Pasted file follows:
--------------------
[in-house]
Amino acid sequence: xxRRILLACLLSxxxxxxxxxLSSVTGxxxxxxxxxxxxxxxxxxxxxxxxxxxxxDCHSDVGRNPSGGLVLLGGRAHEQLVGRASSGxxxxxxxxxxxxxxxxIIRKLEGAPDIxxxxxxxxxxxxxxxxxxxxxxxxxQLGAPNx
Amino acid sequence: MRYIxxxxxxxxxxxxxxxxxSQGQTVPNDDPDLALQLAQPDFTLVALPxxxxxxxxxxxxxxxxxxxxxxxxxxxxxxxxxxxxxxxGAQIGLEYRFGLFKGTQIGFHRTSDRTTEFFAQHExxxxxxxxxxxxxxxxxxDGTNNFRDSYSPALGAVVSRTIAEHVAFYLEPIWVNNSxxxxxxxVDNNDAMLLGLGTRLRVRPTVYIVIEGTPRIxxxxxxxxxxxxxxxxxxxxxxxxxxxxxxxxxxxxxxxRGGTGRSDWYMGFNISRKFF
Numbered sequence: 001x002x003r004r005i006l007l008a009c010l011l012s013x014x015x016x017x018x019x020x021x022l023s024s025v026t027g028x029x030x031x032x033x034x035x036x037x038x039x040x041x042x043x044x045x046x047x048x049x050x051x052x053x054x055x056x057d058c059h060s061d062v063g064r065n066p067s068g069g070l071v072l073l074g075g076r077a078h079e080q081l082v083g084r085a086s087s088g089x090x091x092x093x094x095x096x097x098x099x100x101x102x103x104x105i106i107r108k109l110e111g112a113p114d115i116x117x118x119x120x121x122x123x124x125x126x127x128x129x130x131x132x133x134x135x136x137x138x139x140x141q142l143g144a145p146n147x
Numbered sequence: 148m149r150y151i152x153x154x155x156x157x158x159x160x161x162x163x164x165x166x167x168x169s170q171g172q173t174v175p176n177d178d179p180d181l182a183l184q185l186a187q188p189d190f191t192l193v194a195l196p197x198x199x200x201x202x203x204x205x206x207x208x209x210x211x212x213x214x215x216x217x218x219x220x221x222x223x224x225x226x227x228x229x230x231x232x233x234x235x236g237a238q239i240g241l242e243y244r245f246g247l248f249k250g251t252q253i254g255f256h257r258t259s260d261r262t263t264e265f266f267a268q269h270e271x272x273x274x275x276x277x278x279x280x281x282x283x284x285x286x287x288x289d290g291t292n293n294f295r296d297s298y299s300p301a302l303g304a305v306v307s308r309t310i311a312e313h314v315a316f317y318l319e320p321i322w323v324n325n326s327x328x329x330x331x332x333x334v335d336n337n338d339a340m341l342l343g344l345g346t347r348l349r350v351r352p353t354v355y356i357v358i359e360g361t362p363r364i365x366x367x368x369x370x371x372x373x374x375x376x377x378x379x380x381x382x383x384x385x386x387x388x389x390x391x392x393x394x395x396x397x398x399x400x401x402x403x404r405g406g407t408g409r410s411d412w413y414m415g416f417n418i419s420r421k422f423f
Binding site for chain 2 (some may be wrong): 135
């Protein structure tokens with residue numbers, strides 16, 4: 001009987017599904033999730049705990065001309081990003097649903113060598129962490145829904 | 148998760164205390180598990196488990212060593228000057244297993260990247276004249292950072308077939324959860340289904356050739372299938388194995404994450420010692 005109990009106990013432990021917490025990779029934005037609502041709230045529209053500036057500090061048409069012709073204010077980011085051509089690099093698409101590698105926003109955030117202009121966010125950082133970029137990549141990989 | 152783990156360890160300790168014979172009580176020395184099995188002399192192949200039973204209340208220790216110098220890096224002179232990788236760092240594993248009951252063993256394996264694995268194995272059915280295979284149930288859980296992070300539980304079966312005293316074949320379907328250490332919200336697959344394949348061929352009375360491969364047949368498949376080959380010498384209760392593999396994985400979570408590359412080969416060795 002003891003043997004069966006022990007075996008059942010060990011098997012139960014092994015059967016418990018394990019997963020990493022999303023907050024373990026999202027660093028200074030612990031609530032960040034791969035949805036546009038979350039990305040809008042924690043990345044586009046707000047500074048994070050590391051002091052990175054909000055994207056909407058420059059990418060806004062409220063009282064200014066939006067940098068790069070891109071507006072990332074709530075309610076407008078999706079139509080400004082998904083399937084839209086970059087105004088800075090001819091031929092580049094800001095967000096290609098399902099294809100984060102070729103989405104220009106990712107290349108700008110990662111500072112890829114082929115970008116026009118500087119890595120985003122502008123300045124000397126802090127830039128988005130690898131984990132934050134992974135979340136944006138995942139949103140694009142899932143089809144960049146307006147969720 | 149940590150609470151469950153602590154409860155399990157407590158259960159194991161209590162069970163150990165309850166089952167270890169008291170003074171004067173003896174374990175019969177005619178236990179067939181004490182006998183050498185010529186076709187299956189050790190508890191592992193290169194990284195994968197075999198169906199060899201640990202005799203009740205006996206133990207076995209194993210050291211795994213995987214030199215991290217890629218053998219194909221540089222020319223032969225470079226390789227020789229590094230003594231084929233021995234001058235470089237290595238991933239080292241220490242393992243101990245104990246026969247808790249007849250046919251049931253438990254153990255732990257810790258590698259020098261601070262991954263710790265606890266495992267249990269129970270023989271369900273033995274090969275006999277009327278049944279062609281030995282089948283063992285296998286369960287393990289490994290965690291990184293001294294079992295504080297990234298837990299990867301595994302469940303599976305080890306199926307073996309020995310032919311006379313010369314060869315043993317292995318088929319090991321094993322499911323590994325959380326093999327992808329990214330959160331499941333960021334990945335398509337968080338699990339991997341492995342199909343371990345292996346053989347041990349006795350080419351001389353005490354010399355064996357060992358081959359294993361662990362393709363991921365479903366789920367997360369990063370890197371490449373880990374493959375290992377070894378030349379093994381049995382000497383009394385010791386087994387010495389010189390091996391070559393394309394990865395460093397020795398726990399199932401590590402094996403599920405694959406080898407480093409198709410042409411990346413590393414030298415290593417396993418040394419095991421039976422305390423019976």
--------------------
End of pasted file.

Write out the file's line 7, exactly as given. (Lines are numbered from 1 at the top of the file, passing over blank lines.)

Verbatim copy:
């Protein structure tokens with residue numbers, strides 16, 4: 001009987017599904033999730049705990065001309081990003097649903113060598129962490145829904 | 148998760164205390180598990196488990212060593228000057244297993260990247276004249292950072308077939324959860340289904356050739372299938388194995404994450420010692 005109990009106990013432990021917490025990779029934005037609502041709230045529209053500036057500090061048409069012709073204010077980011085051509089690099093698409101590698105926003109955030117202009121966010125950082133970029137990549141990989 | 152783990156360890160300790168014979172009580176020395184099995188002399192192949200039973204209340208220790216110098220890096224002179232990788236760092240594993248009951252063993256394996264694995268194995272059915280295979284149930288859980296992070300539980304079966312005293316074949320379907328250490332919200336697959344394949348061929352009375360491969364047949368498949376080959380010498384209760392593999396994985400979570408590359412080969416060795 002003891003043997004069966006022990007075996008059942010060990011098997012139960014092994015059967016418990018394990019997963020990493022999303023907050024373990026999202027660093028200074030612990031609530032960040034791969035949805036546009038979350039990305040809008042924690043990345044586009046707000047500074048994070050590391051002091052990175054909000055994207056909407058420059059990418060806004062409220063009282064200014066939006067940098068790069070891109071507006072990332074709530075309610076407008078999706079139509080400004082998904083399937084839209086970059087105004088800075090001819091031929092580049094800001095967000096290609098399902099294809100984060102070729103989405104220009106990712107290349108700008110990662111500072112890829114082929115970008116026009118500087119890595120985003122502008123300045124000397126802090127830039128988005130690898131984990132934050134992974135979340136944006138995942139949103140694009142899932143089809144960049146307006147969720 | 149940590150609470151469950153602590154409860155399990157407590158259960159194991161209590162069970163150990165309850166089952167270890169008291170003074171004067173003896174374990175019969177005619178236990179067939181004490182006998183050498185010529186076709187299956189050790190508890191592992193290169194990284195994968197075999198169906199060899201640990202005799203009740205006996206133990207076995209194993210050291211795994213995987214030199215991290217890629218053998219194909221540089222020319223032969225470079226390789227020789229590094230003594231084929233021995234001058235470089237290595238991933239080292241220490242393992243101990245104990246026969247808790249007849250046919251049931253438990254153990255732990257810790258590698259020098261601070262991954263710790265606890266495992267249990269129970270023989271369900273033995274090969275006999277009327278049944279062609281030995282089948283063992285296998286369960287393990289490994290965690291990184293001294294079992295504080297990234298837990299990867301595994302469940303599976305080890306199926307073996309020995310032919311006379313010369314060869315043993317292995318088929319090991321094993322499911323590994325959380326093999327992808329990214330959160331499941333960021334990945335398509337968080338699990339991997341492995342199909343371990345292996346053989347041990349006795350080419351001389353005490354010399355064996357060992358081959359294993361662990362393709363991921365479903366789920367997360369990063370890197371490449373880990374493959375290992377070894378030349379093994381049995382000497383009394385010791386087994387010495389010189390091996391070559393394309394990865395460093397020795398726990399199932401590590402094996403599920405694959406080898407480093409198709410042409411990346413590393414030298415290593417396993418040394419095991421039976422305390423019976």